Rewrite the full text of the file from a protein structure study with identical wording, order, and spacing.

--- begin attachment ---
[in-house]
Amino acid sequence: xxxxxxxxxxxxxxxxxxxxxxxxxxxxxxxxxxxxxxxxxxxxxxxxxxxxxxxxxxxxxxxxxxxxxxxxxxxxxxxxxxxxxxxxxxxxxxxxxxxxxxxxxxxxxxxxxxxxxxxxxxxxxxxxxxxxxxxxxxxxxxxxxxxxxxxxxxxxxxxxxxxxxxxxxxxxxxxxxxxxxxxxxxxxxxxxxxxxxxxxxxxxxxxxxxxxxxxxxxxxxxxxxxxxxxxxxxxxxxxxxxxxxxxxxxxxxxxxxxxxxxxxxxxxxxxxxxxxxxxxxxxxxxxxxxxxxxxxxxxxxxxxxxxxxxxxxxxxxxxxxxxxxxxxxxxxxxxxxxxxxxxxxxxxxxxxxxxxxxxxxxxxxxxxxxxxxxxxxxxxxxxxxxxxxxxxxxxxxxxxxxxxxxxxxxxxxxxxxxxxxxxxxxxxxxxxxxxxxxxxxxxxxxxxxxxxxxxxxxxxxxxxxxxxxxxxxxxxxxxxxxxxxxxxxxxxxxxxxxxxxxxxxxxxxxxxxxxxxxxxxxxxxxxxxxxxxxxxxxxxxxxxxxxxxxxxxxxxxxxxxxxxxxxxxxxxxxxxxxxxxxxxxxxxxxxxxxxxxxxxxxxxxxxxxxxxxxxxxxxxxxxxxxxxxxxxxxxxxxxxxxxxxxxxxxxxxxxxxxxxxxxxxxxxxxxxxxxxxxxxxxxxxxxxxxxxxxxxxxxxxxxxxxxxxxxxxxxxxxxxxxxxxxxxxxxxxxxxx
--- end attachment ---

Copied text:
[in-house]
Amino acid sequence: xxxxxxxxxxxxxxxxxxxxxxxxxxxxxxxxxxxxxxxxxxxxxxxxxxxxxxxxxxxxxxxxxxxxxxxxxxxxxxxxxxxxxxxxxxxxxxxxxxxxxxxxxxxxxxxxxxxxxxxxxxxxxxxxxxxxxxxxxxxxxxxxxxxxxxxxxxxxxxxxxxxxxxxxxxxxxxxxxxxxxxxxxxxxxxxxxxxxxxxxxxxxxxxxxxxxxxxxxxxxxxxxxxxxxxxxxxxxxxxxxxxxxxxxxxxxxxxxxxxxxxxxxxxxxxxxxxxxxxxxxxxxxxxxxxxxxxxxxxxxxxxxxxxxxxxxxxxxxxxxxxxxxxxxxxxxxxxxxxxxxxxxxxxxxxxxxxxxxxxxxxxxxxxxxxxxxxxxxxxxxxxxxxxxxxxxxxxxxxxxxxxxxxxxxxxxxxxxxxxxxxxxxxxxxxxxxxxxxxxxxxxxxxxxxxxxxxxxxxxxxxxxxxxxxxxxxxxxxxxxxxxxxxxxxxxxxxxxxxxxxxxxxxxxxxxxxxxxxxxxxxxxxxxxxxxxxxxxxxxxxxxxxxxxxxxxxxxxxxxxxxxxxxxxxxxxxxxxxxxxxxxxxxxxxxxxxxxxxxxxxxxxxxxxxxxxxxxxxxxxxxxxxxxxxxxxxxxxxxxxxxxxxxxxxxxxxxxxxxxxxxxxxxxxxxxxxxxxxxxxxxxxxxxxxxxxxxxxxxxxxxxxxxxxxxxxxxxxxxxxxxxxxxxxxxxxxxxxx